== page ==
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Creating some unique buttons and gauges may seem like a small savings. However, in mass production, the cost of each component is significant when multiplied by hundreds of thousands or even millions.

The touch screen is rarely integrated as part of the test board. The reason is the increased size and cost of screens. Here is a very successful compromise solution.

The costs aren't just about meters and buttons, the savings are far more extensive. For example, think of a typical instrument panel from the 90s, where all the gauges and buttons were designed into a unified, elegant whole. Such design and manufacture is not cheap.

For example, compare Tesla's simplified instrument panel. There isn't even a dashboard in the traditional sense, just a touchscreen in the middle, a finger computer.

Many car models are designed and manufactured for left-hand drive countries. A large number of different parts must be manufactured for a traditional instrument panel, and all of them must be available as spare parts in the future.

Advantages Modification and improvement

Of course, the avalanche of touchscreens isn't just due to cost savings. The increase in electronics and communication technology in cars inevitably leads to new solutions.

As the number of different adjustments and functions in cars has increased, the dashboard cannot fit enough buttons to control them all.

A clear advantage of digital screens is their adaptability and upgradeability. The driver can choose the gauge display of his choice, on the other hand, the touchscreen is always switched off if driving is interrupted.

Touch screens_Volvo_Picture_Patrik_Lindström_TT0424.jpg

The modern execution of the Volvo EX30 represents style and fashion from 2024. Almost a very reduced Tesla-like line. It is special that there is nothing directly in front of the driver. How does safety pioneer Volvo explain the fact that we now have to turn our attention to it? Photo: Volvo Cars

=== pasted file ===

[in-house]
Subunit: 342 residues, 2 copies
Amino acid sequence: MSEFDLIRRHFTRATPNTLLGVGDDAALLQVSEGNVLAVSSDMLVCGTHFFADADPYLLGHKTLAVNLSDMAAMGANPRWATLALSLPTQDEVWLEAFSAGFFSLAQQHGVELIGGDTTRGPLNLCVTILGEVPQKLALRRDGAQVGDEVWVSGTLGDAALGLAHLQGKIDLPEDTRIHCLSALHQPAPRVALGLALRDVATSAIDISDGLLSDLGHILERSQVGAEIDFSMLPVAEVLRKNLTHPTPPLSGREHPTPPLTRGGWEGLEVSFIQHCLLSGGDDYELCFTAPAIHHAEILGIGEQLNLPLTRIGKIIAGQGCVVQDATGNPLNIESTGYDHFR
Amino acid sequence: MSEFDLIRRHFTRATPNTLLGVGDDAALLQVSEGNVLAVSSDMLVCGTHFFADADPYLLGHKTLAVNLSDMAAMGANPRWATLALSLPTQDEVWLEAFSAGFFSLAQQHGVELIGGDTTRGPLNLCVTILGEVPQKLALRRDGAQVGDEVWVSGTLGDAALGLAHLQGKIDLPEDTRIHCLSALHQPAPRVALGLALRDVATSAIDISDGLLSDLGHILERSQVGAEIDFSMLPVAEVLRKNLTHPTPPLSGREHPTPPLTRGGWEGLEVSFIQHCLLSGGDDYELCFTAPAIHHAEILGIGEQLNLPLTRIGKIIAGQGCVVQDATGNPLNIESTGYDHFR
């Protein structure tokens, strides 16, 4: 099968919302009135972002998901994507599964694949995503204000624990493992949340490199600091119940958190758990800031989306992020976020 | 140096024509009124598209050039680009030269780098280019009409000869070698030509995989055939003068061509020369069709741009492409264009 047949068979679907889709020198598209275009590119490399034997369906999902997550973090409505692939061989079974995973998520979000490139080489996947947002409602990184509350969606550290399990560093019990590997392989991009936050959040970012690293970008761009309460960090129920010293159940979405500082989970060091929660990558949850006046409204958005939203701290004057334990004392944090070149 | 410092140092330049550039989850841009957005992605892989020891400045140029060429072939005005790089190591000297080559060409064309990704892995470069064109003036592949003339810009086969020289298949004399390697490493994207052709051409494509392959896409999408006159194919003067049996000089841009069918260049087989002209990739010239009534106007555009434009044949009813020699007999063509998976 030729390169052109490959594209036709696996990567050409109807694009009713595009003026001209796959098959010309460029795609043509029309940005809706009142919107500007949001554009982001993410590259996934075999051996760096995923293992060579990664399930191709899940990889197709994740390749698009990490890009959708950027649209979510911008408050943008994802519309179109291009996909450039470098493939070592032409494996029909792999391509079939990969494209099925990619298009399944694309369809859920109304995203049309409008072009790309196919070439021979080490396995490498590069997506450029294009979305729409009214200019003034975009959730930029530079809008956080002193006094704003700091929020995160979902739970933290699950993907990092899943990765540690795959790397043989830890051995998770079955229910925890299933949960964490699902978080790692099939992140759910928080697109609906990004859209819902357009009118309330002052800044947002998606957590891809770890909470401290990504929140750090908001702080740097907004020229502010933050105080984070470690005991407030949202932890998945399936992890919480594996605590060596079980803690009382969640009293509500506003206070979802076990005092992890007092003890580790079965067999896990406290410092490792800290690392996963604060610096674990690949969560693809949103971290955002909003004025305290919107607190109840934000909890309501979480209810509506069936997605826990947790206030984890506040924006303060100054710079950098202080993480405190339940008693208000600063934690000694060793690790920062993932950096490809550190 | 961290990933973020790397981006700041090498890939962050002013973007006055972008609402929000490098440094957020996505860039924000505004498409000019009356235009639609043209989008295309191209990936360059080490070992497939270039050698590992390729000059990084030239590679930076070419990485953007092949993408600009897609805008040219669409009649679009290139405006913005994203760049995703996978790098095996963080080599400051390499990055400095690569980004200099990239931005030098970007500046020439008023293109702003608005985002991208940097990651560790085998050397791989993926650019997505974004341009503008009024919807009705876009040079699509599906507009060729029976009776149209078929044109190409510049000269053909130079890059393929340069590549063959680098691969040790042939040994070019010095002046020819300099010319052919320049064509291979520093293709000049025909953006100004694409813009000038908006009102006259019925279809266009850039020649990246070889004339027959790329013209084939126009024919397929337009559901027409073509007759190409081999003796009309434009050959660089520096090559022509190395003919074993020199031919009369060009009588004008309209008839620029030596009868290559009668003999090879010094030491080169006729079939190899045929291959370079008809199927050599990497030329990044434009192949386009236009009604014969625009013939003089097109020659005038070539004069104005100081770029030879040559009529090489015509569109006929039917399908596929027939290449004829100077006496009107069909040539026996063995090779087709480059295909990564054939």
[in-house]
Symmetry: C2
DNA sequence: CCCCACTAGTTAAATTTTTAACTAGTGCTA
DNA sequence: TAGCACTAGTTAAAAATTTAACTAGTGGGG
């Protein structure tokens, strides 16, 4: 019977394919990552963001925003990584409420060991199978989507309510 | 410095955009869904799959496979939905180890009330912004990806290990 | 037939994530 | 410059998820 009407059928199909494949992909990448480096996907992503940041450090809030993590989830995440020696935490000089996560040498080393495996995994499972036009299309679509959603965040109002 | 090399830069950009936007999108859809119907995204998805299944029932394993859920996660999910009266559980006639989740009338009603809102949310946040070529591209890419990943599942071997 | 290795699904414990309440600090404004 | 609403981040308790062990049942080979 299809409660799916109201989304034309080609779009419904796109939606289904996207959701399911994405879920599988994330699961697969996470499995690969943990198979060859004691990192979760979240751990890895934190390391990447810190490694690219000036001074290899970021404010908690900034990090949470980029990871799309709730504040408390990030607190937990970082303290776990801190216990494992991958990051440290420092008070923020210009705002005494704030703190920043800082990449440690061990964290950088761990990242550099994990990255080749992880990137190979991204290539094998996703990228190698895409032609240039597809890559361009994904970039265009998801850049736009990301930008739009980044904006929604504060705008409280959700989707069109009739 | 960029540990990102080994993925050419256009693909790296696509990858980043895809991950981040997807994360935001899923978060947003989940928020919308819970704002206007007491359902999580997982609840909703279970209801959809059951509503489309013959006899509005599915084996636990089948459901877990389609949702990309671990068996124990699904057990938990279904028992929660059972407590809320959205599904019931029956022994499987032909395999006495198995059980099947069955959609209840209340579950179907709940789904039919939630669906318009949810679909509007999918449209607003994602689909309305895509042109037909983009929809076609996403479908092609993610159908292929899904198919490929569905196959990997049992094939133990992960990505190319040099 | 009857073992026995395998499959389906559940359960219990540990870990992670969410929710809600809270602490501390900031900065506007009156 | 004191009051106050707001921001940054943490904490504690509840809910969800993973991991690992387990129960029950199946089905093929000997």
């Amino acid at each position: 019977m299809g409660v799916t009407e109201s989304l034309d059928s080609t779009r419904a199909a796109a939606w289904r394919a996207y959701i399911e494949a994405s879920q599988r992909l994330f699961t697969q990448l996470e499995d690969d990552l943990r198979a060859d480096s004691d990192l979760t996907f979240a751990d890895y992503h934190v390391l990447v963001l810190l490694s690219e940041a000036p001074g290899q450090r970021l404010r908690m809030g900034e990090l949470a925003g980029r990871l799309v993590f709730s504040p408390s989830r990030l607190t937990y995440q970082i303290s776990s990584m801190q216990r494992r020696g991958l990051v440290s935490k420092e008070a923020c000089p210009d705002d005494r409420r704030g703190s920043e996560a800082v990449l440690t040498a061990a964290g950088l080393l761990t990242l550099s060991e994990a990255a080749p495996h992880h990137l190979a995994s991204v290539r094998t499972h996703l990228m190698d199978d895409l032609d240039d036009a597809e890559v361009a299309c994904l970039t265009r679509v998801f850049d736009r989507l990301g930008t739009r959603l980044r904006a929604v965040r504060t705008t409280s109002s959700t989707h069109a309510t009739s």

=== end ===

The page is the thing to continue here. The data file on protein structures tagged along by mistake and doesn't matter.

An important feature for car manufacturers in new cars is that the technology can be updated over the wireless data network “on the air”, i.e. through OTA updates.

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For example, a new software update developed by the factory can be loaded into the car at night, which reduces the car's energy consumption and increases its range. This is especially true for electric cars. So you can even think that the car will become old.

One example of a truly useful tool that touch screens provide is, of course, the navigator. Few would be willing to turn the navigator into a paper map.

Aesthetic or ugly?

What about the aesthetics of the car's cockpit? How do touchscreens affect it?

This is a topic that can divide opinion. However, I personally think that digital meters and glass screens were a step in the wrong direction when judging design and aesthetics.Mersun_kosetusnäytot_.jpg

From Mercedes-Benz CLK 1998. Even in the 90s, it was allowed to use colors. Did interior designers have more power compared to cost calculators on the financial side? Very innovative processing.

At best, the 90s car dashboard with gauges is like a work of art. In such a cockpit, one feels somehow comfortable and pleasant. There is a feeling that things are under control. Maybe I'm old fashioned in this regard.

On the other hand, it is understandable that nowadays interior designers prefer smooth surfaces, in which they want to do away with traditional gauges and buttons. Above all, there is design and aesthetics. Design and art are not ambiguous. There are always different styles and different schools of thought. Some are certainly attracted by the modern, stripped-down dashboard display.

Read more: Touch screens are here to stay in cars – we're looking for a balance between screens and buttons >>

Markus Niemenen

In the opening image, Anna Nieminen selects a radio channel from a Volkswagen's touchscreen. It is best to take care of emergency checks and adjustments before the ride begins. Photo: Patrik Lindström